Groves said some farmers are defoliating to make harvest easier, “but that’s a little scary because they don’t know what Hurricane Ike will do. On the other hand, if they postpone defoliation and harvest, they’re risking quality problems later.”

Normal cotton harvest begins in mid-September and runs through mid-October. Many farmers also have rice, soybean and corn crops ready to be harvested, making scheduling decisions difficult.

Groves said many cotton farmers say insect control has been cheaper, offsetting irrigation costs. However, soaring fertilizer prices have not been offset.

Farmers planted about 700,000 acres of cotton in 2008, down from 860,000 the year before. They expect to pick 1,125 pounds of cotton per acre this year, a little more than last year when a rainy spring and an August heat wave hurt yields. The crop was valued at $461 million in 2007.

RICE — The rice crop is 5 percent harvested, compared to the norm this time of year of 27 percent. “We’re three weeks behind, but farmers have been going strong this week harvesting where they can in central and south Arkansas before hurricane No. 3 comes,” said Chuck Wilson, extension rice specialist, said.

Wilson said if conditions for harvesting are right, farmers should be in the fields. “Normally, they would wait for optimum moisture levels to harvest, but with another hurricane bearing down, they’re willing to harvest at higher levels than normal to get it out.

“We’ve had two major hurricanes and a substantial amount or rice down in the field. Gustav caused 30 to 40 percent lodging in southeast Arkansas, a substantial blow to yields,” Wilson said.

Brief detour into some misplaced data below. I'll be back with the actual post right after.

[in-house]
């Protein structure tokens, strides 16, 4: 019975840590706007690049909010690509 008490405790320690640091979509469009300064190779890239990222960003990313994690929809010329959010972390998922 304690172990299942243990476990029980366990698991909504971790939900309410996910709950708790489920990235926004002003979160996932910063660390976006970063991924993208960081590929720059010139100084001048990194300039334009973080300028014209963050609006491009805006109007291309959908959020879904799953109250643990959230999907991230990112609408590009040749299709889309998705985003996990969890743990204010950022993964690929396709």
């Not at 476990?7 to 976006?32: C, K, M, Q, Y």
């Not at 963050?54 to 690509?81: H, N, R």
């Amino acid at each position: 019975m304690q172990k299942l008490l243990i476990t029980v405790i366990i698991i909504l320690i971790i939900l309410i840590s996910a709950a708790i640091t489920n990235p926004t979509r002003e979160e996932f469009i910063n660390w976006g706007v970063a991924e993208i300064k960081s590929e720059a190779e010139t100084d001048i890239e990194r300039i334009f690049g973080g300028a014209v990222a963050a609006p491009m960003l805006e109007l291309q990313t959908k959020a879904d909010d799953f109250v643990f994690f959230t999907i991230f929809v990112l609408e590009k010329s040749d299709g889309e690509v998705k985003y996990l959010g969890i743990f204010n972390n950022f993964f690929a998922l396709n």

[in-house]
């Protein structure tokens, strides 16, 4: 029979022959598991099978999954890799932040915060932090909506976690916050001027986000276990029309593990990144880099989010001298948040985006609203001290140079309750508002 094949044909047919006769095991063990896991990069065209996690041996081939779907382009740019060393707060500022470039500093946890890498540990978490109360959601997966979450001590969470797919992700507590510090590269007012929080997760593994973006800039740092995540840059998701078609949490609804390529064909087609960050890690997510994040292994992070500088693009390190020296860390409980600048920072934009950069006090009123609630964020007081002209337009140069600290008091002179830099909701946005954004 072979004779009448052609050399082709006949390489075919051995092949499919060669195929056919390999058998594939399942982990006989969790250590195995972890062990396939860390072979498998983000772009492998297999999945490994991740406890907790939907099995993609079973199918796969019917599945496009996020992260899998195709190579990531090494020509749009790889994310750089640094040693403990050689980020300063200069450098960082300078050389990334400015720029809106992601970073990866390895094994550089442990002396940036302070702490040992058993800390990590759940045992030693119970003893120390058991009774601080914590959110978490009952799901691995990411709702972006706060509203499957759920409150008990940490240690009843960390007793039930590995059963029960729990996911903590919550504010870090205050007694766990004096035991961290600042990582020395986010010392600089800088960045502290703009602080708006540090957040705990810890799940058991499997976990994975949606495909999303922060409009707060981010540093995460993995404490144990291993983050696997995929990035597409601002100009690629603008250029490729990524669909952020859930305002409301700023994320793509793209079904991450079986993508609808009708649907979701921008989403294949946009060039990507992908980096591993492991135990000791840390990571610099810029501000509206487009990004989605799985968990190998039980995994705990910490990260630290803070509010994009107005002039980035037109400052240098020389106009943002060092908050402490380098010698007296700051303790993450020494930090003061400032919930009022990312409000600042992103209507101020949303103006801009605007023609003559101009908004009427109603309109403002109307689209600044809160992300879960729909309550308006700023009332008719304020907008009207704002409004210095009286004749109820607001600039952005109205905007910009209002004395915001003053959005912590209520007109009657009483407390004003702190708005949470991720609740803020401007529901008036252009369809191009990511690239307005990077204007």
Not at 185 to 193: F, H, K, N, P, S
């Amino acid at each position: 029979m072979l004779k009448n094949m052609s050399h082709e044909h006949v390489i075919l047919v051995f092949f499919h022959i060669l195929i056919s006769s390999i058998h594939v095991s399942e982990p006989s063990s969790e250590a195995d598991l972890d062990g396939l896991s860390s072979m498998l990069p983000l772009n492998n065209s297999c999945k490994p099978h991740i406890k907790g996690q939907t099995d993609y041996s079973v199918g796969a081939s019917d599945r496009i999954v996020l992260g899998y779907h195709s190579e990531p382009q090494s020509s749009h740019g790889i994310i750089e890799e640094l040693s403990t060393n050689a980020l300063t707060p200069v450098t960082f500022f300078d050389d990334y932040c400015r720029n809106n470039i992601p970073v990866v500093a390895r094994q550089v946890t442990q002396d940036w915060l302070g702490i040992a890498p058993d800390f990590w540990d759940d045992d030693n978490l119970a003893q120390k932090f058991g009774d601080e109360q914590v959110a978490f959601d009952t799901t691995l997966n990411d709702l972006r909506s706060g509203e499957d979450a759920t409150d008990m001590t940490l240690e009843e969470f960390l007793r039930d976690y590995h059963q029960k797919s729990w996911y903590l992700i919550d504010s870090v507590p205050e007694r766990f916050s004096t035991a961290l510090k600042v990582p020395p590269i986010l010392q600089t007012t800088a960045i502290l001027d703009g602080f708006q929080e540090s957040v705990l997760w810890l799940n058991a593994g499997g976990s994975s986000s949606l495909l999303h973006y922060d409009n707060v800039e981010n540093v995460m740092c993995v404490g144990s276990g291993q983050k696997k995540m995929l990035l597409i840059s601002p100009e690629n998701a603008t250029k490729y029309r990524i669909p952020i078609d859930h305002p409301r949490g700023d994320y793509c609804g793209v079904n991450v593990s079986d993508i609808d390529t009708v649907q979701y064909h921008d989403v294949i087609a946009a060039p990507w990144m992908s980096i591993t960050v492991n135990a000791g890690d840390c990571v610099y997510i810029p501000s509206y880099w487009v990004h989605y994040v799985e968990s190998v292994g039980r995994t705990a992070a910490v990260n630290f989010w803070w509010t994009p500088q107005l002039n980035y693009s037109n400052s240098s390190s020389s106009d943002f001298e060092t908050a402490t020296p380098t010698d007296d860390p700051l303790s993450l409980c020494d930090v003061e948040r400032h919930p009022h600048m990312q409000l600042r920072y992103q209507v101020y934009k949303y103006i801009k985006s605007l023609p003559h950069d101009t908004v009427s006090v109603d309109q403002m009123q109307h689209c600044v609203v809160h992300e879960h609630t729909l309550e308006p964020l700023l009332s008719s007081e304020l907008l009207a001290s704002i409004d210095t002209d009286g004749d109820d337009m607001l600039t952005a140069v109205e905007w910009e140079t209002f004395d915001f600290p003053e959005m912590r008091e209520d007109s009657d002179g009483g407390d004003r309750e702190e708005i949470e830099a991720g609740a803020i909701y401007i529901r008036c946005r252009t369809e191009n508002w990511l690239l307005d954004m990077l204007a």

Arkansas farmers planted 1.35 million acres of rice this year, 2 percent more than last year. Farmers expect to harvest 7,200 pounds an acre, 70 pounds more than last year. The crop was valued at nearly $1.04 billion last year.

SOYBEANS — If any crop has proven to be a survivor in 2008, it’s soybeans, according to Jeremy Ross, Extension soybean specialist. “Considering the late planting start, seed quality issues, insects and diseases, a dry July and hurricanes, the crop looks pretty good. I’m really surprised how well it turned around.”

Individual farmers have various problems, he said, noting that 2,000 acres of soybeans is underwater in Jackson County because of flooding along the White River.

“The double-cropped beans (planted on same ground after another crop has been harvested) have struggled all year, but the late season rain has given them moisture to fill out the pods. About a third of the total acreage of soybeans is doubled-cropped behind wheat.

Ross said many farmers are struggling with late season insect and disease problems. However, they’re not enduring the severe lodging problems of other crops south of I-40.

Arkansas farmers planted 3.2 million acres of soybeans in 2008, up 13 percent from last year, and expect to harvest 38 bushels an acre, two more than last year. The crop was valued at $984 million in 2007.

e-mail: ljames@uaex.edu